You may wish to retire completely but it may be that you plan to do some consultancy, for example, or take some non-executive roles that will bring in income. Or, you may be looking around for a new business challenge but want to live comfortably in the meantime. Either way, it can be a good idea to discuss matters with a Financial Planner, just as you would discuss your business finances with the finance director.

What’s the best approach to pensions and retirement?

Boosting your pension contributions is a sensible and tax-efficient investment strategy for the savvy entrepreneur who has just sold their business. You may not be ready to retire yet, but maximising your pension contributions gives you the reassurance that you will be able to do so at the time of your choosing in future.


Depending on your circumstances, you may also wish to make contributions into your partner’s pension as well since asset transfers between partners are usually tax-free.


ISAs (Individual Savings Accounts) are considered an alternative and complement to paying into your pension. ISAs are tax-free and you can invest up to £20,000 a year in them (in the current tax year).


Our Financial Planners can take you through the various options and help you find the solution that works best for you.

Are there any tax issues to consider?

Capital Gains Tax (CGT) is the biggest tax liability facing anybody selling their business. When you are planning to sell yours, you may be able to save up to £1 million in Capital Gains Tax through Entrepreneurs' Relief. This allows you to pay a lower capital gains tax rate of just 10% on the first £10 million of gains from the sale of your company. For higher or additional-rate taxpayers that works out at paying half of the standard rate.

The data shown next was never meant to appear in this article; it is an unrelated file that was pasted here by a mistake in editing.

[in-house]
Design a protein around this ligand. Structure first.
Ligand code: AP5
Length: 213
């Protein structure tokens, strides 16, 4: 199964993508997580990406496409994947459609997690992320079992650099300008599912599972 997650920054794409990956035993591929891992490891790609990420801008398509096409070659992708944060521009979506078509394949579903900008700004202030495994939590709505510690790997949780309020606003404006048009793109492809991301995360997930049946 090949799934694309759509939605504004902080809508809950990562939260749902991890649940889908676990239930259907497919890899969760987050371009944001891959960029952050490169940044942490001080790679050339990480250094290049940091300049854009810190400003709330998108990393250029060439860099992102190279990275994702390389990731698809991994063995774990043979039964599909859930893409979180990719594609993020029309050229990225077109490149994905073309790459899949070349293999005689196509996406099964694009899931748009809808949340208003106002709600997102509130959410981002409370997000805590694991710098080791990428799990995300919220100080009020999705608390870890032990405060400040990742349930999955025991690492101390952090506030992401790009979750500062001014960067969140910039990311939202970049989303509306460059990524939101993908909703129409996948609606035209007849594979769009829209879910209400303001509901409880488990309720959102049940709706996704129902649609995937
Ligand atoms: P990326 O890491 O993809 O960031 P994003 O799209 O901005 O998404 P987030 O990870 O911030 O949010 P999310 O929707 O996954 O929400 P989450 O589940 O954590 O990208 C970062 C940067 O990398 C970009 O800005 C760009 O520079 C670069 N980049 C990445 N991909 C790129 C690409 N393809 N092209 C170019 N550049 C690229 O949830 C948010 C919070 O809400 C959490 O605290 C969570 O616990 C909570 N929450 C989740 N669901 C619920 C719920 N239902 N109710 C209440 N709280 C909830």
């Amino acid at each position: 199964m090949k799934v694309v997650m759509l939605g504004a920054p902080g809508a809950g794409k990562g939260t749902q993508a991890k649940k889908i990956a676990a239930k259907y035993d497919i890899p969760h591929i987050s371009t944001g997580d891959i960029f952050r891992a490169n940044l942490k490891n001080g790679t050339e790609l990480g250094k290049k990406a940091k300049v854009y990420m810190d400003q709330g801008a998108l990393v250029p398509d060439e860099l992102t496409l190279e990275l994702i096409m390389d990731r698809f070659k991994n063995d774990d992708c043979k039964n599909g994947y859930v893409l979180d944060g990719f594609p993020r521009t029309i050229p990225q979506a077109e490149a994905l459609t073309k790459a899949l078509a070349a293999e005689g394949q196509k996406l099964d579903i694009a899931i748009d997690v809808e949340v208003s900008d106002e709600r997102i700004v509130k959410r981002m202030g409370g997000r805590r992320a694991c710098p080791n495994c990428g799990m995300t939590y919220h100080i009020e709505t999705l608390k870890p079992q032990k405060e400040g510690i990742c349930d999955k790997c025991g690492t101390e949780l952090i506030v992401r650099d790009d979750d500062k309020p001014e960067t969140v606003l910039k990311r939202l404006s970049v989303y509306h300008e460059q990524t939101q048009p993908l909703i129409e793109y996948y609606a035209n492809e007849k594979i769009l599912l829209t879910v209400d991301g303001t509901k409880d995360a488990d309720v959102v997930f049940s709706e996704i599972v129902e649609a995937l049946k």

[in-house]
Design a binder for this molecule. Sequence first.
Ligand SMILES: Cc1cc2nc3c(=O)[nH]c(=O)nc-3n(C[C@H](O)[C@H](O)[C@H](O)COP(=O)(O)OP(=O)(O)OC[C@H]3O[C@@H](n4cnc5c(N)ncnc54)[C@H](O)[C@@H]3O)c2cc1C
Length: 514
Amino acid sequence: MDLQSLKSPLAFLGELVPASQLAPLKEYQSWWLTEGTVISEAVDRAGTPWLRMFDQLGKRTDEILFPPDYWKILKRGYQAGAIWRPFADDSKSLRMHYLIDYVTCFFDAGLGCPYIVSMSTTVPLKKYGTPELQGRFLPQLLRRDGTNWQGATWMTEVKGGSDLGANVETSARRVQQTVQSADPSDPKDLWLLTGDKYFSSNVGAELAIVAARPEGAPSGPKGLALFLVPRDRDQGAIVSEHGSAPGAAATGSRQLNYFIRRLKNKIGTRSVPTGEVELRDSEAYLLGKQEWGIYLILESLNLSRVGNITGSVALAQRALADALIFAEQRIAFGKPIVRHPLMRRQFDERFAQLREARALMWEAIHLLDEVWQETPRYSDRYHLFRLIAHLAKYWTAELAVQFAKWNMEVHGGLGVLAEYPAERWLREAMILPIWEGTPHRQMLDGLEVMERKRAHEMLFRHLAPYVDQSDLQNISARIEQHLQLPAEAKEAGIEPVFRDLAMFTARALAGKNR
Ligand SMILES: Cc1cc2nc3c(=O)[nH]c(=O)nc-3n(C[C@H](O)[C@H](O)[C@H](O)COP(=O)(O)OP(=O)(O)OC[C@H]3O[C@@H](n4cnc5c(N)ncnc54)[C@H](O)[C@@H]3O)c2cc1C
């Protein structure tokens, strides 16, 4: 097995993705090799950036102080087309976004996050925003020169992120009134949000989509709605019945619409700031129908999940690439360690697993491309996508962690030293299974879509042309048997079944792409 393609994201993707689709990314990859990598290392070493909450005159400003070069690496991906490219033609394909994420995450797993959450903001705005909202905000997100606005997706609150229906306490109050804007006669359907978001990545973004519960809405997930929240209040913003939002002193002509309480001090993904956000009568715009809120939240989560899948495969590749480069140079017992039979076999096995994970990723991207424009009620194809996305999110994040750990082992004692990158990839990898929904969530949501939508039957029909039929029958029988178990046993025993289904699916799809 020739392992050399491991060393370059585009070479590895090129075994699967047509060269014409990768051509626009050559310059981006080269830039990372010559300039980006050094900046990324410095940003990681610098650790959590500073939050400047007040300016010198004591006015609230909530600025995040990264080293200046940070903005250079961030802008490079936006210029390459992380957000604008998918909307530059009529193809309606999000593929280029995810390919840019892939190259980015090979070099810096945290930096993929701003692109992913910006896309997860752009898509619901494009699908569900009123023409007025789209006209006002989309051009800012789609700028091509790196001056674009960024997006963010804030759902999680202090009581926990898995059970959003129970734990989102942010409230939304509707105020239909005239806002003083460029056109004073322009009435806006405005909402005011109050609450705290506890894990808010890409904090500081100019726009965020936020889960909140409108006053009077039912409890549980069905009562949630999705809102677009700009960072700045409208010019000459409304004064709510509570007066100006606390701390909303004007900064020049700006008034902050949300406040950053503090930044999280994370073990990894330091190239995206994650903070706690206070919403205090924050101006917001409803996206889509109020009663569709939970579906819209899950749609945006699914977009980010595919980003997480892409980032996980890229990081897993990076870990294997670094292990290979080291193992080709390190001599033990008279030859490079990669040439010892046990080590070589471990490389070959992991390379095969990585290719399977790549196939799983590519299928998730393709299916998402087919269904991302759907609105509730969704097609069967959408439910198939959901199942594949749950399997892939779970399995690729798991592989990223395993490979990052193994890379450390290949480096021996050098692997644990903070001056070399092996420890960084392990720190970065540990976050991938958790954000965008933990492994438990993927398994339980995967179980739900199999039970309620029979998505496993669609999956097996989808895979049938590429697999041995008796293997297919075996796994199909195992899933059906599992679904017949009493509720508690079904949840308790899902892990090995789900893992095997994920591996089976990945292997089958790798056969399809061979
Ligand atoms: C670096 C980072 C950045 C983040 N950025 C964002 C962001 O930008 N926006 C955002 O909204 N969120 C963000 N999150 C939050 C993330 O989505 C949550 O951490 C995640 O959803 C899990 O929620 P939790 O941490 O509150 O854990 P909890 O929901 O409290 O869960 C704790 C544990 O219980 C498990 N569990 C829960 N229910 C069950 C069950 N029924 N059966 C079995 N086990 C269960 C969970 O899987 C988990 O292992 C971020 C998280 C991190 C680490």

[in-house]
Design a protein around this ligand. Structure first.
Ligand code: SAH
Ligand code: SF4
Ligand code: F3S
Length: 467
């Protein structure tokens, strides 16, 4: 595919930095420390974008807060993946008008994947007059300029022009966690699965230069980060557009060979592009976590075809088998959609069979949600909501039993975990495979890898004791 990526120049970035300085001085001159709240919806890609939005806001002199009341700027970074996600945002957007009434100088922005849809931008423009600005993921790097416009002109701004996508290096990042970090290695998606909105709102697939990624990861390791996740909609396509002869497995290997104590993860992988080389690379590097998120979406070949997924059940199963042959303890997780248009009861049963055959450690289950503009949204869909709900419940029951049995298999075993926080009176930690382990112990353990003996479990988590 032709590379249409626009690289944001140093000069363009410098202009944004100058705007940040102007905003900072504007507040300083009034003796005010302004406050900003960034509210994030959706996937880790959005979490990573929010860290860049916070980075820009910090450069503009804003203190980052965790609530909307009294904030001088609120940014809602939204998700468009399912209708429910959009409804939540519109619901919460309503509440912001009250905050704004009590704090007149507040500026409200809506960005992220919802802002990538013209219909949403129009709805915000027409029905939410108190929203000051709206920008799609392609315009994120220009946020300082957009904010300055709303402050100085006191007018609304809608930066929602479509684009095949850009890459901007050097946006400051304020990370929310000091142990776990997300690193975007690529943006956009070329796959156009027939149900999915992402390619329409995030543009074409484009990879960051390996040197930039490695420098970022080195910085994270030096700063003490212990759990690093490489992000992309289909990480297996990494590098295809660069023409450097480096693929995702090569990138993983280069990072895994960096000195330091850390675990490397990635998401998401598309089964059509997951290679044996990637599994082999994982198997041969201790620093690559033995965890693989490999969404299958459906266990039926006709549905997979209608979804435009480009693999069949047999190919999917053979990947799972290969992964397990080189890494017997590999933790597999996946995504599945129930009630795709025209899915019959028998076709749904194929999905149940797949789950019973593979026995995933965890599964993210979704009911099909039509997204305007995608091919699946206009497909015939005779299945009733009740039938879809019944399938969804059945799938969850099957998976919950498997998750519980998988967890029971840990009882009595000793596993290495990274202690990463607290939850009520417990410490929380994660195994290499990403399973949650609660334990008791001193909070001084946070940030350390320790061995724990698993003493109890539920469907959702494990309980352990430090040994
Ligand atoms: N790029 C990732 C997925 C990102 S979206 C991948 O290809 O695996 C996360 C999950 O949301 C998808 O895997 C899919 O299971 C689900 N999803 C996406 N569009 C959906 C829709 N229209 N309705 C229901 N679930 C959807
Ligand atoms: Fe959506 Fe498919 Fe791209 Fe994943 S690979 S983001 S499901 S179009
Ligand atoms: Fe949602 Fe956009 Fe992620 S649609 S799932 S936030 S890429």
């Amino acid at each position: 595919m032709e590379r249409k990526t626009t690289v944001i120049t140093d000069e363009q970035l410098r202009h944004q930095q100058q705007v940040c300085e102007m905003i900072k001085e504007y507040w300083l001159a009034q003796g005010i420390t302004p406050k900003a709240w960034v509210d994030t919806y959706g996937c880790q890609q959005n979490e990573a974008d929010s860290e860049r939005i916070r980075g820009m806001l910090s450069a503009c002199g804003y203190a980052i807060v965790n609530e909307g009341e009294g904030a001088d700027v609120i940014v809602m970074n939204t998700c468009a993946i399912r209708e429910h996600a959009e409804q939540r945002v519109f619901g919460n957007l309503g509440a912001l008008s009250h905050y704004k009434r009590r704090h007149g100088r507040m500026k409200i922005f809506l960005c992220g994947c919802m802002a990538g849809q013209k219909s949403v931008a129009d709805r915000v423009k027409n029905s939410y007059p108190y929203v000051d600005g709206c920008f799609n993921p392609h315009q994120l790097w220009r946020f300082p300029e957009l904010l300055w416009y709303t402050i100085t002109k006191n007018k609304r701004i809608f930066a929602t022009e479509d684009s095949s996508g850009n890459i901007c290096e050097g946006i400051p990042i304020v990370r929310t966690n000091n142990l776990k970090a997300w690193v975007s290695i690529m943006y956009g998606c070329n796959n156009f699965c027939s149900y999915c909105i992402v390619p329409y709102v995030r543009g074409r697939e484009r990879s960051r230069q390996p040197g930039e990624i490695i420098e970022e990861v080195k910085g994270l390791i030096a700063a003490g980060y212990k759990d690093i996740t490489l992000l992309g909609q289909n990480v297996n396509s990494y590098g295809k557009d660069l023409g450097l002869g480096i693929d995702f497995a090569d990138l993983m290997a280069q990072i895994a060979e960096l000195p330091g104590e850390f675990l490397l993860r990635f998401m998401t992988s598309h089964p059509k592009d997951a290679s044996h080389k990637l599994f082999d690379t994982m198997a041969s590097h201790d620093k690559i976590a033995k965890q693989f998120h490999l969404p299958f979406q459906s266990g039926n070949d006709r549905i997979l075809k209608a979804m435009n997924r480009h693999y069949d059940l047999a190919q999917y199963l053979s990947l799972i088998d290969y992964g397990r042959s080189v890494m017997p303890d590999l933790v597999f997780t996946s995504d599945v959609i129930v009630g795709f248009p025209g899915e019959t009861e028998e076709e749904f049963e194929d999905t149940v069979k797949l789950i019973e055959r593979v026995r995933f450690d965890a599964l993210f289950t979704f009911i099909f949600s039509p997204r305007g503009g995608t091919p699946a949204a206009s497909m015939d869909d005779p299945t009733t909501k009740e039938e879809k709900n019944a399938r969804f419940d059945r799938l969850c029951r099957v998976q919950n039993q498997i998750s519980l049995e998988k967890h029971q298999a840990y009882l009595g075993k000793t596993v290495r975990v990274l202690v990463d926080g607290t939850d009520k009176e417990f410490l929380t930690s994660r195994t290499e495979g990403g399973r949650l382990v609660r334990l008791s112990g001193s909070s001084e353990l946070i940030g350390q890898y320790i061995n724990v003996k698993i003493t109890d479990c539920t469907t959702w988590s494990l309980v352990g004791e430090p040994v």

Once you have sold your business and received the proceeds, the main tax consideration is how to invest your lump sum in the most tax efficient manner, taking advantage of tax-free savings and investment options such as your pension (see above), ISAs, offshore investment bonds and venture capital trusts (VCTs).

I’m keen on philanthropy. What are my options?

Philanthropy is a great way to harness your business acumen to do good works and help society. In the UK, there is increasing interest in Donor Advised Funds (DAFs). These are philanthropic funds which are, themselves, set up as charities. They are essentially charitable investment accounts, set up with the sole aim of supporting charities you care about. Whereas setting up a charity or foundation can be expensive and time consuming, a DAF can be opened quickly and easily and can offer immediate tax relief on your contribution. 


When the money is gifted to the DAF it could be invested either in mainstream investments or in social impact investments. Many DAFs also give you the right to name your fund after yourself or your family, creating a lasting feel-good legacy.


By discussing the various DAF options with your Financial Planner, you will be able to determine which approach best matches your own portfolio and philanthropic aims.

Lady in her garden picking red flowers
Gillian Reynolds CBE

Over a decade of profound external political challenge, they’ve given me excellent guidance while maintaining a personal interest in both my career and the fund they manage for me.